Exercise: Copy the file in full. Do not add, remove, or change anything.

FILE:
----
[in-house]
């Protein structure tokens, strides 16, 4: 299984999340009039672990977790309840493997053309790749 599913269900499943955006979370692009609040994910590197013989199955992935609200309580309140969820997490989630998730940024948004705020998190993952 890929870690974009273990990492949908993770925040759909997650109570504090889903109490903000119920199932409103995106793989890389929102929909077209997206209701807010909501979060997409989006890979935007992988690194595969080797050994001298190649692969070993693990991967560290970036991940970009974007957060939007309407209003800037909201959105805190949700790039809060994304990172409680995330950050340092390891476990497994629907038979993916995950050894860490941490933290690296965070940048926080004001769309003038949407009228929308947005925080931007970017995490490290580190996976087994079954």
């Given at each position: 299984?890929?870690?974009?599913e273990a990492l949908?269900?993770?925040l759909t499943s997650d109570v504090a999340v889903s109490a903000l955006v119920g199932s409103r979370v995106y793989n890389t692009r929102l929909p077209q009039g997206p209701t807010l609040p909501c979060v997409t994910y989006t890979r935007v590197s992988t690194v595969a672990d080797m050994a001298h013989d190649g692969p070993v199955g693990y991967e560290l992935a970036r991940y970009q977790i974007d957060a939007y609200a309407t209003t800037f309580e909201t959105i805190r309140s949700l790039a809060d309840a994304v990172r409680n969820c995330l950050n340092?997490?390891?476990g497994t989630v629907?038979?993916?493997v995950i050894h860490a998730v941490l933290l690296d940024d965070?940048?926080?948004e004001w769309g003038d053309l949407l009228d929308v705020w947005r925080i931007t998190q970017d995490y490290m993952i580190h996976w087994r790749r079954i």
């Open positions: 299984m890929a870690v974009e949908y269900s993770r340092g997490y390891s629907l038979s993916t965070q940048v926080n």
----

[in-house]
């Protein structure tokens, strides 16, 4: 299984999340009039672990977790309840493997053309790749 599913269900499943955006979370692009609040994910590197013989199955992935609200309580309140969820997490989630998730940024948004705020998190993952 890929870690974009273990990492949908993770925040759909997650109570504090889903109490903000119920199932409103995106793989890389929102929909077209997206209701807010909501979060997409989006890979935007992988690194595969080797050994001298190649692969070993693990991967560290970036991940970009974007957060939007309407209003800037909201959105805190949700790039809060994304990172409680995330950050340092390891476990497994629907038979993916995950050894860490941490933290690296965070940048926080004001769309003038949407009228929308947005925080931007970017995490490290580190996976087994079954």
């Given at each position: 299984?890929?870690?974009?599913e273990a990492l949908?269900?993770?925040l759909t499943s997650d109570v504090a999340v889903s109490a903000l955006v119920g199932s409103r979370v995106y793989n890389t692009r929102l929909p077209q009039g997206p209701t807010l609040p909501c979060v997409t994910y989006t890979r935007v590197s992988t690194v595969a672990d080797m050994a001298h013989d190649g692969p070993v199955g693990y991967e560290l992935a970036r991940y970009q977790i974007d957060a939007y609200a309407t209003t800037f309580e909201t959105i805190r309140s949700l790039a809060d309840a994304v990172r409680n969820c995330l950050n340092?997490?390891?476990g497994t989630v629907?038979?993916?493997v995950i050894h860490a998730v941490l933290l690296d940024d965070?940048?926080?948004e004001w769309g003038d053309l949407l009228d929308v705020w947005r925080i931007t998190q970017d995490y490290m993952i580190h996976w087994r790749r079954i």
């Open positions: 299984m890929a870690v974009e949908y269900s993770r340092g997490y390891s629907l038979s993916t965070q940048v926080n």